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The Word: How Nik Wallenda conquered his fear

Not only did Nik Wallenda complete a death-defying walk 1500 feet across the Grand Canyon on live television last night, he also did it without a net or a safety line.

Daredevil Nik Wallenda waves to crowd after his 1,500-foot (457 meters) tightrope walk 100 feet (30.5 meters) above the beach August 9, 2012 in Atlantic City, New Jersey. AFP PHOTO/Stan HONDA        (Photo credit should read STAN HONDA/AFP/GettyImages) Daredevil Nik Wallenda waves to the crowd after his 1,500-foot tightrope walk in Atlantic City, N.J., in 2012. Credit: AFP

Not only did Nik Wallenda complete a death-defying 1,500-foot walk across the Grand Canyon on live television Sunday night, he did it without a net or a safety line. How did the scion of the famous Flying Wallendas family conquer millions of years of evolution screaming at us not to hang out over very large holes? He just decided not to give into fear.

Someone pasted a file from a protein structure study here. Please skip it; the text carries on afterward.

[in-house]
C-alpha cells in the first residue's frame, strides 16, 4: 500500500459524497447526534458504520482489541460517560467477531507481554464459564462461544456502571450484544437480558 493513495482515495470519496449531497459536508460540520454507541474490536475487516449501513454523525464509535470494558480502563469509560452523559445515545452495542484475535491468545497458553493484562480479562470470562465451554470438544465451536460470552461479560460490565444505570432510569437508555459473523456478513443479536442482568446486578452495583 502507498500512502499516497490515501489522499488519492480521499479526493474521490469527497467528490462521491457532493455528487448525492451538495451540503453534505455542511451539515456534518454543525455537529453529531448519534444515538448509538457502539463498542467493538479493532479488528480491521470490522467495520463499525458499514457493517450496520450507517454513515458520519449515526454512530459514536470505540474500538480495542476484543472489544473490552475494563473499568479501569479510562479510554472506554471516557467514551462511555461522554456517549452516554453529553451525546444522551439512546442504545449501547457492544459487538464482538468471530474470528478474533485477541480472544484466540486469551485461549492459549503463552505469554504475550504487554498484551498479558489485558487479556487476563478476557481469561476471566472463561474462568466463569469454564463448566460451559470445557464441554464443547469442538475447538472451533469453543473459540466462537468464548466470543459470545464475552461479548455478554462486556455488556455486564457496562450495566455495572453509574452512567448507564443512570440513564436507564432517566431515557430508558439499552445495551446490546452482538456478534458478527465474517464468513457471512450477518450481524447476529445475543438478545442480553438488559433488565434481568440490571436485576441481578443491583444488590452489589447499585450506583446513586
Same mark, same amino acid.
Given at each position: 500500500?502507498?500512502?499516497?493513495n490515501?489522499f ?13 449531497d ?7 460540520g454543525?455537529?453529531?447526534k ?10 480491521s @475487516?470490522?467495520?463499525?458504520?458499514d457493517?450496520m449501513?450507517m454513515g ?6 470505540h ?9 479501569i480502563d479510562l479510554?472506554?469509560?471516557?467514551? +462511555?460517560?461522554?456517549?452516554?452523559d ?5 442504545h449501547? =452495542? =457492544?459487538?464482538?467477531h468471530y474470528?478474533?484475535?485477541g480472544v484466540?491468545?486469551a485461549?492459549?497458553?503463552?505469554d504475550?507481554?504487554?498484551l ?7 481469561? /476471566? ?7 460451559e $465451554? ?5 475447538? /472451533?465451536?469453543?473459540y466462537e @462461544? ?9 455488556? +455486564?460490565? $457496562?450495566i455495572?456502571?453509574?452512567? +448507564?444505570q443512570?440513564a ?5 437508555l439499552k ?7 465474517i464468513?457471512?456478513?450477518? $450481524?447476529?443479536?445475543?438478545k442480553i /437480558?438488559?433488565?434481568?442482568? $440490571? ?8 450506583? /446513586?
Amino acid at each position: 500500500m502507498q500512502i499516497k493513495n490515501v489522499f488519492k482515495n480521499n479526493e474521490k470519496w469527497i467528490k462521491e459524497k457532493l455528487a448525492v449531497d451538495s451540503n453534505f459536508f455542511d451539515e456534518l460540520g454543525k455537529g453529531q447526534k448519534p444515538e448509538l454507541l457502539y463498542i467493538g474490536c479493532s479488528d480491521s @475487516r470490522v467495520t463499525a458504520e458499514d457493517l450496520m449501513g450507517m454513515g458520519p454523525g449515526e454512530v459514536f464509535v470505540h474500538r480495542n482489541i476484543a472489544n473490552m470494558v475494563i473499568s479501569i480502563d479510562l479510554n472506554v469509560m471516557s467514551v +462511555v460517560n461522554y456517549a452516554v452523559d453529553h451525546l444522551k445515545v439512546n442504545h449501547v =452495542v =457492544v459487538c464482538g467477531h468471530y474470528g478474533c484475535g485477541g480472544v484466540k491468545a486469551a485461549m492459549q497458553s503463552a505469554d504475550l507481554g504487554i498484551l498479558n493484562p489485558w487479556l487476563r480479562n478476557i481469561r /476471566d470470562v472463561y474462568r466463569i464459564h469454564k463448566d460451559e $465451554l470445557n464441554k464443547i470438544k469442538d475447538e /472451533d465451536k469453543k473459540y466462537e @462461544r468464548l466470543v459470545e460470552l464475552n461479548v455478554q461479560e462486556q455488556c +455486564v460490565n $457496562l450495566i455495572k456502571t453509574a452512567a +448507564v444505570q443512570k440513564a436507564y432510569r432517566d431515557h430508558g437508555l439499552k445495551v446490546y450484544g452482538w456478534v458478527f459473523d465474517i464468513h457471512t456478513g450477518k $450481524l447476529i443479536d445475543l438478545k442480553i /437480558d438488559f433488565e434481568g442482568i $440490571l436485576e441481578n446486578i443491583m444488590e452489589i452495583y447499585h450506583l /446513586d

"I think you have a choice," Nik told the Hollywood Reporter. "You can decide whether you want to get scared by something or not. You can go into a haunted house with the mindset of, 'This is going to freak me out,' or go into the haunted house with the mindset of, 'Who cares; this is all set up; it’s all gimmicks and it’s not going to scare me at all.'"

Neat! Of course, haunted houses are fake, whereas Nik's stunt was 1,500 feet of very real danger. But whatever gets him across the wire, I guess.

Previously, Nik walked a tightrope over Niagara Falls on June 15 of last year.

Nik, 33, walked a 2-inch cable strung 1,800 feet across Niagara Falls gorge. It was the first such tightrope feat between the United States and Canada in more than a century.

 
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